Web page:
Bayonne Briefs

Anthem returns and is greeted with new problems

Royal Caribbean Cruise Line’s battered Anthem of the Seas returned to the Cape Liberty Cruise Port in Bayonne on Wednesday, Feb. 10, and encountered more public relations problems over the course of the next couple of days.
After arriving back at 9 p.m. on Feb. 10, crew members smelled marijuana smoke, which led to two arrests by Port Authority Police Department officers, who patrol the port, according to The two Massachusetts men arrested were allegedly in possession of more than 11 grams of marijuana in their cabin.
Then on Friday, Feb. 12, as various agencies were involved with ship inspection, it was revealed that the damage to Anthem of the Seas was more extensive than originally thought, including a burned out component of the ship’s propulsion system, reported.
The two events capped a tough week for the ship and its passengers, including one who described what felt like an earthquake at sea.
Anthem left port on Feb. 6, on its way to the Bahamas, and encountered at least 75-mile-per-hour winds and 30-foot waves off the coast of North Carolina before turning around and heading back.
Four people were reported injured.
While hundreds left the ship after arriving back in Bayonne on Feb. 10, thousands more stayed onboard to disembark on Thursday, Feb. 11. One likened his experience to a natural disaster.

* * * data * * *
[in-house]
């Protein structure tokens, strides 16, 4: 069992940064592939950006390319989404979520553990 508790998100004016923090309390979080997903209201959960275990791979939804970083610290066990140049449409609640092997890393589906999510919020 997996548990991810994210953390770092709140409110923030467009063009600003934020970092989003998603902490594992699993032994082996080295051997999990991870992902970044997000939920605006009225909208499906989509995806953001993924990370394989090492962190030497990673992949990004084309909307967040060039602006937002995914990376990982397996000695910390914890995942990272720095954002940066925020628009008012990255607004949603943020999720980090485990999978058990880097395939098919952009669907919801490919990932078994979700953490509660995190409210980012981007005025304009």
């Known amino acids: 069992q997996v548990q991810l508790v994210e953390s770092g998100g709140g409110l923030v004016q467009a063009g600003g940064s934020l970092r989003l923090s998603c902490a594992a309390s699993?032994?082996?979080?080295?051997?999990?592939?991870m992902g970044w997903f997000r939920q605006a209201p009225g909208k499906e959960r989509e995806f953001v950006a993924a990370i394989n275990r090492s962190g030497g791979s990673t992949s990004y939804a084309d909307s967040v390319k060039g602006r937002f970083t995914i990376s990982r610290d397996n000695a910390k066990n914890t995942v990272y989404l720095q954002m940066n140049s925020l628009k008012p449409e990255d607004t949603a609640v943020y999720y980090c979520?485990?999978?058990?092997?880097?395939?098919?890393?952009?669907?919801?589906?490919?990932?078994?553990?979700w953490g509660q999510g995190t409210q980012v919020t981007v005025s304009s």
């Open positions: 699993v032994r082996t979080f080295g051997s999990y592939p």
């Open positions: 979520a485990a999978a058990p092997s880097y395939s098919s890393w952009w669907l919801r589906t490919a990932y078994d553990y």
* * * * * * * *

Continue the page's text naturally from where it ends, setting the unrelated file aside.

“It was like an earthquake, but in the water,” said Nick Luca of Santiago, Chile, who took the cruise with his mother. “You could see the waves come to the window.”
Kseniia, a woman from Ukraine, said the bad weather caught passengers by surprise.
“It was scary,” she said. “We were playing games, and then the storm began. It was all of a sudden. Everyone was afraid.”
Meteorologists and former cruise ship captains have questioned why Anthem left port with forecasts of intense bad weather. A Florida legislator has called for an investigation.

Sopranos star to headline Masons’ comedy event

The Hudson County Bar Association and Foundation and Catch a Rising Star will present a night of music and comedy with Vincent Pastore, Salvatore Bonpensiero on “The Sopranos,” at the Bayonne Masonic Hall, 888 Avenue C, on Saturday, Feb. 27 at 8 p.m.
Pastore played Bonpensiero on the Sopranos for two seasons before his character was killed off. He is known for other roles playing organized crime figures, including in the movies “Goodfellas,” “Gotti,” and “Carlito’s Way” and the television shows “Law and Order” and “The Practice.”
Pastore performs with the “The Gangster Squad,” the band he started, which will also be featured in the program.
Local comedians will be part of the evening as well.
Tickets are $25, and available at There is also a $25 food/drink minimum per person.
All ages are welcome (16 and under with adult supervision).
For more information call (609) 987-8018 or email

‘Music at the Museum’ to be presented Monday, Feb. 22

Bayonne residents are invited to the “Music at the Museum” program with a free performance by the Blue Dawg Band on Monday, Feb. 22.
Doors will open at 6:30 and music begins at 7 p.m. There will be light refreshments.
The Bayonne Community Museum is located at 229 Broadway, the corner of 9th Street.